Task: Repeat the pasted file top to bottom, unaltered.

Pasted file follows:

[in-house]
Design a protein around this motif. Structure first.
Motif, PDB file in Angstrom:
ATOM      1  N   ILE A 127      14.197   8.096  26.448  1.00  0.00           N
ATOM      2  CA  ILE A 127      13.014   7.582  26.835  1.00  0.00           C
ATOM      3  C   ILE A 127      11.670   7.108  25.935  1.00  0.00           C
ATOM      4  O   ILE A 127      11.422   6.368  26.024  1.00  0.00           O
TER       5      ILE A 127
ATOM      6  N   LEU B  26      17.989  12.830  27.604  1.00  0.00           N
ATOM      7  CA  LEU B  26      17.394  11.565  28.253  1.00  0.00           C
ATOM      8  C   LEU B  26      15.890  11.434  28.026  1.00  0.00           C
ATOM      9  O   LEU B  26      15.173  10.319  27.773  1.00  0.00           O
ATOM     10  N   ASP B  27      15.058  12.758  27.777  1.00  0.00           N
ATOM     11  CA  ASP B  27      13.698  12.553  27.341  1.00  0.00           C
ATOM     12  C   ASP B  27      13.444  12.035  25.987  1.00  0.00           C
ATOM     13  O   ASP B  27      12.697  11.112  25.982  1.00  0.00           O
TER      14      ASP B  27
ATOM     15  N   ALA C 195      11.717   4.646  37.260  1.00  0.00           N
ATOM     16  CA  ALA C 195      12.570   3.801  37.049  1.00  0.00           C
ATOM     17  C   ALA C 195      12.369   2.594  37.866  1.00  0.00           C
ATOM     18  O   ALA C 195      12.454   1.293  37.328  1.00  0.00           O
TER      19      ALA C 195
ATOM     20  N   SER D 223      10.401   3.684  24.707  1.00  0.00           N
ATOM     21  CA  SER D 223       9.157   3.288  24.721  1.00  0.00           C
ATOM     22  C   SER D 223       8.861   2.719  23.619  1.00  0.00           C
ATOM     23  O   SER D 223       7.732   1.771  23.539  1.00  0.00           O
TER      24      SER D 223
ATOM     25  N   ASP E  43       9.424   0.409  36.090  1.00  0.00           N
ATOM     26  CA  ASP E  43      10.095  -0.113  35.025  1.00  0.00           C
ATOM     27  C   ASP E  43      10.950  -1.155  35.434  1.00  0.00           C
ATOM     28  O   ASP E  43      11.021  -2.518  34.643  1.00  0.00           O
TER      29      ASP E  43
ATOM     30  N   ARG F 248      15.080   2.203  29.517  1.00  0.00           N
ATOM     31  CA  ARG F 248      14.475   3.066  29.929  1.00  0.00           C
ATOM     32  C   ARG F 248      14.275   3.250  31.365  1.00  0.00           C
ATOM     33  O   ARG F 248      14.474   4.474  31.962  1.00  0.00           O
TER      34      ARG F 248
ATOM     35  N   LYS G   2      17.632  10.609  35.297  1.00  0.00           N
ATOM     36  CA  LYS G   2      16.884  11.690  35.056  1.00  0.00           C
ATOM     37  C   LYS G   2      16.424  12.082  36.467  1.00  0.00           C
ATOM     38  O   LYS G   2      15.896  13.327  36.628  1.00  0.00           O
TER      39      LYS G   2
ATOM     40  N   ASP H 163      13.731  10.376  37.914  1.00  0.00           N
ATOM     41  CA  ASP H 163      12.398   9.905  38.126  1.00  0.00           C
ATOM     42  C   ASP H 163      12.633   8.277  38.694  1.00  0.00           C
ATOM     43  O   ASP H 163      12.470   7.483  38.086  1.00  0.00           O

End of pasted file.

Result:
[in-house]
Design a protein around this motif. Structure first.
Motif, PDB file in Angstrom:
ATOM      1  N   ILE A 127      14.197   8.096  26.448  1.00  0.00           N
ATOM      2  CA  ILE A 127      13.014   7.582  26.835  1.00  0.00           C
ATOM      3  C   ILE A 127      11.670   7.108  25.935  1.00  0.00           C
ATOM      4  O   ILE A 127      11.422   6.368  26.024  1.00  0.00           O
TER       5      ILE A 127
ATOM      6  N   LEU B  26      17.989  12.830  27.604  1.00  0.00           N
ATOM      7  CA  LEU B  26      17.394  11.565  28.253  1.00  0.00           C
ATOM      8  C   LEU B  26      15.890  11.434  28.026  1.00  0.00           C
ATOM      9  O   LEU B  26      15.173  10.319  27.773  1.00  0.00           O
ATOM     10  N   ASP B  27      15.058  12.758  27.777  1.00  0.00           N
ATOM     11  CA  ASP B  27      13.698  12.553  27.341  1.00  0.00           C
ATOM     12  C   ASP B  27      13.444  12.035  25.987  1.00  0.00           C
ATOM     13  O   ASP B  27      12.697  11.112  25.982  1.00  0.00           O
TER      14      ASP B  27
ATOM     15  N   ALA C 195      11.717   4.646  37.260  1.00  0.00           N
ATOM     16  CA  ALA C 195      12.570   3.801  37.049  1.00  0.00           C
ATOM     17  C   ALA C 195      12.369   2.594  37.866  1.00  0.00           C
ATOM     18  O   ALA C 195      12.454   1.293  37.328  1.00  0.00           O
TER      19      ALA C 195
ATOM     20  N   SER D 223      10.401   3.684  24.707  1.00  0.00           N
ATOM     21  CA  SER D 223       9.157   3.288  24.721  1.00  0.00           C
ATOM     22  C   SER D 223       8.861   2.719  23.619  1.00  0.00           C
ATOM     23  O   SER D 223       7.732   1.771  23.539  1.00  0.00           O
TER      24      SER D 223
ATOM     25  N   ASP E  43       9.424   0.409  36.090  1.00  0.00           N
ATOM     26  CA  ASP E  43      10.095  -0.113  35.025  1.00  0.00           C
ATOM     27  C   ASP E  43      10.950  -1.155  35.434  1.00  0.00           C
ATOM     28  O   ASP E  43      11.021  -2.518  34.643  1.00  0.00           O
TER      29      ASP E  43
ATOM     30  N   ARG F 248      15.080   2.203  29.517  1.00  0.00           N
ATOM     31  CA  ARG F 248      14.475   3.066  29.929  1.00  0.00           C
ATOM     32  C   ARG F 248      14.275   3.250  31.365  1.00  0.00           C
ATOM     33  O   ARG F 248      14.474   4.474  31.962  1.00  0.00           O
TER      34      ARG F 248
ATOM     35  N   LYS G   2      17.632  10.609  35.297  1.00  0.00           N
ATOM     36  CA  LYS G   2      16.884  11.690  35.056  1.00  0.00           C
ATOM     37  C   LYS G   2      16.424  12.082  36.467  1.00  0.00           C
ATOM     38  O   LYS G   2      15.896  13.327  36.628  1.00  0.00           O
TER      39      LYS G   2
ATOM     40  N   ASP H 163      13.731  10.376  37.914  1.00  0.00           N
ATOM     41  CA  ASP H 163      12.398   9.905  38.126  1.00  0.00           C
ATOM     42  C   ASP H 163      12.633   8.277  38.694  1.00  0.00           C
ATOM     43  O   ASP H 163      12.470   7.483  38.086  1.00  0.00           O